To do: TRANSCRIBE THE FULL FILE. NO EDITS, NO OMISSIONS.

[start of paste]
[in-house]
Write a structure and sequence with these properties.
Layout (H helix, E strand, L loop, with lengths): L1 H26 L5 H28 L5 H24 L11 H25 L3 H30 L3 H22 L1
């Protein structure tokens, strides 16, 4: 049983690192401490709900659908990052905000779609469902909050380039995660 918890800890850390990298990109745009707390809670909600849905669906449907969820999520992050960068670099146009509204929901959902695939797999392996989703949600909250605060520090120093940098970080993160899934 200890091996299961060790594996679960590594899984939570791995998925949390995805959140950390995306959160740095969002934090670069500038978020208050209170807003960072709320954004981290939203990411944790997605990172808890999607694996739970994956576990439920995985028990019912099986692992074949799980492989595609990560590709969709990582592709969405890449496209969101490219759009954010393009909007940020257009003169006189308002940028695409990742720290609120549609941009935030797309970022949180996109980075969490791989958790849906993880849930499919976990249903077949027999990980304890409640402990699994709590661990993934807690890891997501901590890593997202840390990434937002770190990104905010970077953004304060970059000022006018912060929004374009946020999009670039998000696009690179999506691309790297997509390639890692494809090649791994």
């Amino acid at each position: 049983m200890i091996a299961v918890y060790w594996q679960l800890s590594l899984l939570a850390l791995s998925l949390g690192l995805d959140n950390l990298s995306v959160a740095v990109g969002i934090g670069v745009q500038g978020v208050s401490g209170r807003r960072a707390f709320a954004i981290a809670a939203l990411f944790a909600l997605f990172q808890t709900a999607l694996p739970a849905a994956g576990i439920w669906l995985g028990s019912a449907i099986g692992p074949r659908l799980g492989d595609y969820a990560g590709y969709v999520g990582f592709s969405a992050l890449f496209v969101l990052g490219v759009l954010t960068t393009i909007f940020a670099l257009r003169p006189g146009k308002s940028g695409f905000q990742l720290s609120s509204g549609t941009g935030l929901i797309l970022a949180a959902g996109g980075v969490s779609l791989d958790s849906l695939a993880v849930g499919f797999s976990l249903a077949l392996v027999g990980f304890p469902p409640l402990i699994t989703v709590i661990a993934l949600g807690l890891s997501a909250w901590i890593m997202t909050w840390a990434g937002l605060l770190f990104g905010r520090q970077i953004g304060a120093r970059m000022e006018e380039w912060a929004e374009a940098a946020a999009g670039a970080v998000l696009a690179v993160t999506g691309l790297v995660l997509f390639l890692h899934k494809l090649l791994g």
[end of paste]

[in-house]
Write a structure and sequence with these properties.
Layout (H helix, E strand, L loop, with lengths): L1 H26 L5 H28 L5 H24 L11 H25 L3 H30 L3 H22 L1
């Protein structure tokens, strides 16, 4: 049983690192401490709900659908990052905000779609469902909050380039995660 918890800890850390990298990109745009707390809670909600849905669906449907969820999520992050960068670099146009509204929901959902695939797999392996989703949600909250605060520090120093940098970080993160899934 200890091996299961060790594996679960590594899984939570791995998925949390995805959140950390995306959160740095969002934090670069500038978020208050209170807003960072709320954004981290939203990411944790997605990172808890999607694996739970994956576990439920995985028990019912099986692992074949799980492989595609990560590709969709990582592709969405890449496209969101490219759009954010393009909007940020257009003169006189308002940028695409990742720290609120549609941009935030797309970022949180996109980075969490791989958790849906993880849930499919976990249903077949027999990980304890409640402990699994709590661990993934807690890891997501901590890593997202840390990434937002770190990104905010970077953004304060970059000022006018912060929004374009946020999009670039998000696009690179999506691309790297997509390639890692494809090649791994």
């Amino acid at each position: 049983m200890i091996a299961v918890y060790w594996q679960l800890s590594l899984l939570a850390l791995s998925l949390g690192l995805d959140n950390l990298s995306v959160a740095v990109g969002i934090g670069v745009q500038g978020v208050s401490g209170r807003r960072a707390f709320a954004i981290a809670a939203l990411f944790a909600l997605f990172q808890t709900a999607l694996p739970a849905a994956g576990i439920w669906l995985g028990s019912a449907i099986g692992p074949r659908l799980g492989d595609y969820a990560g590709y969709v999520g990582f592709s969405a992050l890449f496209v969101l990052g490219v759009l954010t960068t393009i909007f940020a670099l257009r003169p006189g146009k308002s940028g695409f905000q990742l720290s609120s509204g549609t941009g935030l929901i797309l970022a949180a959902g996109g980075v969490s779609l791989d958790s849906l695939a993880v849930g499919f797999s976990l249903a077949l392996v027999g990980f304890p469902p409640l402990i699994t989703v709590i661990a993934l949600g807690l890891s997501a909250w901590i890593m997202t909050w840390a990434g937002l605060l770190f990104g905010r520090q970077i953004g304060a120093r970059m000022e006018e380039w912060a929004e374009a940098a946020a999009g670039a970080v998000l696009a690179v993160t999506g691309l790297v995660l997509f390639l890692h899934k494809l090649l791994g």